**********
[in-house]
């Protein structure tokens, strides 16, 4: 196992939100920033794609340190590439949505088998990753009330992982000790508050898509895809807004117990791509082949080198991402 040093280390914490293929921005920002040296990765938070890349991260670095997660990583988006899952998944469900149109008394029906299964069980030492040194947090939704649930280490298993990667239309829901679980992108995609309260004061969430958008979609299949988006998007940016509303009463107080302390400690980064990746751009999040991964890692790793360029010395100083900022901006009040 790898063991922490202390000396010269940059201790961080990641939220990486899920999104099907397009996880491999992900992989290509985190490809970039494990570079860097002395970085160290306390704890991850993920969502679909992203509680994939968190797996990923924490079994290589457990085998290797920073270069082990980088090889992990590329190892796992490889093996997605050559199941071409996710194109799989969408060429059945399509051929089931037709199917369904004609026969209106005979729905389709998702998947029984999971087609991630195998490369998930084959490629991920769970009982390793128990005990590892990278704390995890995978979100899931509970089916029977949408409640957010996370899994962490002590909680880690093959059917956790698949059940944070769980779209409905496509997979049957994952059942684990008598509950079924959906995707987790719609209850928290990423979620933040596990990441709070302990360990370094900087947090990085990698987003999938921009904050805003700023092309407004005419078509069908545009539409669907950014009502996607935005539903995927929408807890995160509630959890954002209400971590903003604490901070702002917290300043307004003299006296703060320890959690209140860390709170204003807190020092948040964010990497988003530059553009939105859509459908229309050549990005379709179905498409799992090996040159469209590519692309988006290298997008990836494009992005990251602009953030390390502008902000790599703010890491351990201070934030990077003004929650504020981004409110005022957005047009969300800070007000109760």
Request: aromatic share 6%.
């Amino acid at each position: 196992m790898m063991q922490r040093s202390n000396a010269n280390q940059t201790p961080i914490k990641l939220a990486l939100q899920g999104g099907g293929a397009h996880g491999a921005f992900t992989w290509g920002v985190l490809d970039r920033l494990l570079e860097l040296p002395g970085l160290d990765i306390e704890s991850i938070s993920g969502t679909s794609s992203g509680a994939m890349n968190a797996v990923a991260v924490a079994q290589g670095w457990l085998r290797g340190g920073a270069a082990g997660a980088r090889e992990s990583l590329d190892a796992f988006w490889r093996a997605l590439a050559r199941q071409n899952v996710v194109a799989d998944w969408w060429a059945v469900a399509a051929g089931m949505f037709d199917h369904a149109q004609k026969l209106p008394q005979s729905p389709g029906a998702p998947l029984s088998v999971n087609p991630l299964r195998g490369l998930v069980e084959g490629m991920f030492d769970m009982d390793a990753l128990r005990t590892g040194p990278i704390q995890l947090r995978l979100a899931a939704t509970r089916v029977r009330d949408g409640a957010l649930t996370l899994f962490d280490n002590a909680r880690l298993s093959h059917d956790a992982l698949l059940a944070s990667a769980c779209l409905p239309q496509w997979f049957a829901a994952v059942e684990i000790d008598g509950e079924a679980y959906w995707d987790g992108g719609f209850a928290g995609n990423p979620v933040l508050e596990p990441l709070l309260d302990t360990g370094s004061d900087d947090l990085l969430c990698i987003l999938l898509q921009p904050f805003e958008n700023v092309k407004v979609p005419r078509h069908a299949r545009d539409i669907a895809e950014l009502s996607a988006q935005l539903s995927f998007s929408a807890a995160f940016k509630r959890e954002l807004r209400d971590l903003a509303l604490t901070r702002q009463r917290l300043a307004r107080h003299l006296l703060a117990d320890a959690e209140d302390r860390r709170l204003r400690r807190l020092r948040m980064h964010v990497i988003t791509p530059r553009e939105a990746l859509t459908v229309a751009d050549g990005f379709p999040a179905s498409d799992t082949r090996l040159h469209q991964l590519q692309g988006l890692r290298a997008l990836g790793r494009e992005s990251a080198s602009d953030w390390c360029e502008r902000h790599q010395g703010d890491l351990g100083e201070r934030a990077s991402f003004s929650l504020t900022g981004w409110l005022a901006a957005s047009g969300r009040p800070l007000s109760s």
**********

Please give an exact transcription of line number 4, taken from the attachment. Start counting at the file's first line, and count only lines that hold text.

């Amino acid at each position: 196992m790898m063991q922490r040093s202390n000396a010269n280390q940059t201790p961080i914490k990641l939220a990486l939100q899920g999104g099907g293929a397009h996880g491999a921005f992900t992989w290509g920002v985190l490809d970039r920033l494990l570079e860097l040296p002395g970085l160290d990765i306390e704890s991850i938070s993920g969502t679909s794609s992203g509680a994939m890349n968190a797996v990923a991260v924490a079994q290589g670095w457990l085998r290797g340190g920073a270069a082990g997660a980088r090889e992990s990583l590329d190892a796992f988006w490889r093996a997605l590439a050559r199941q071409n899952v996710v194109a799989d998944w969408w060429a059945v469900a399509a051929g089931m949505f037709d199917h369904a149109q004609k026969l209106p008394q005979s729905p389709g029906a998702p998947l029984s088998v999971n087609p991630l299964r195998g490369l998930v069980e084959g490629m991920f030492d769970m009982d390793a990753l128990r005990t590892g040194p990278i704390q995890l947090r995978l979100a899931a939704t509970r089916v029977r009330d949408g409640a957010l649930t996370l899994f962490d280490n002590a909680r880690l298993s093959h059917d956790a992982l698949l059940a944070s990667a769980c779209l409905p239309q496509w997979f049957a829901a994952v059942e684990i000790d008598g509950e079924a679980y959906w995707d987790g992108g719609f209850a928290g995609n990423p979620v933040l508050e596990p990441l709070l309260d302990t360990g370094s004061d900087d947090l990085l969430c990698i987003l999938l898509q921009p904050f805003e958008n700023v092309k407004v979609p005419r078509h069908a299949r545009d539409i669907a895809e950014l009502s996607a988006q935005l539903s995927f998007s929408a807890a995160f940016k509630r959890e954002l807004r209400d971590l903003a509303l604490t901070r702002q009463r917290l300043a307004r107080h003299l006296l703060a117990d320890a959690e209140d302390r860390r709170l204003r400690r807190l020092r948040m980064h964010v990497i988003t791509p530059r553009e939105a990746l859509t459908v229309a751009d050549g990005f379709p999040a179905s498409d799992t082949r090996l040159h469209q991964l590519q692309g988006l890692r290298a997008l990836g790793r494009e992005s990251a080198s602009d953030w390390c360029e502008r902000h790599q010395g703010d890491l351990g100083e201070r934030a990077s991402f003004s929650l504020t900022g981004w409110l005022a901006a957005s047009g969300r009040p800070l007000s109760s």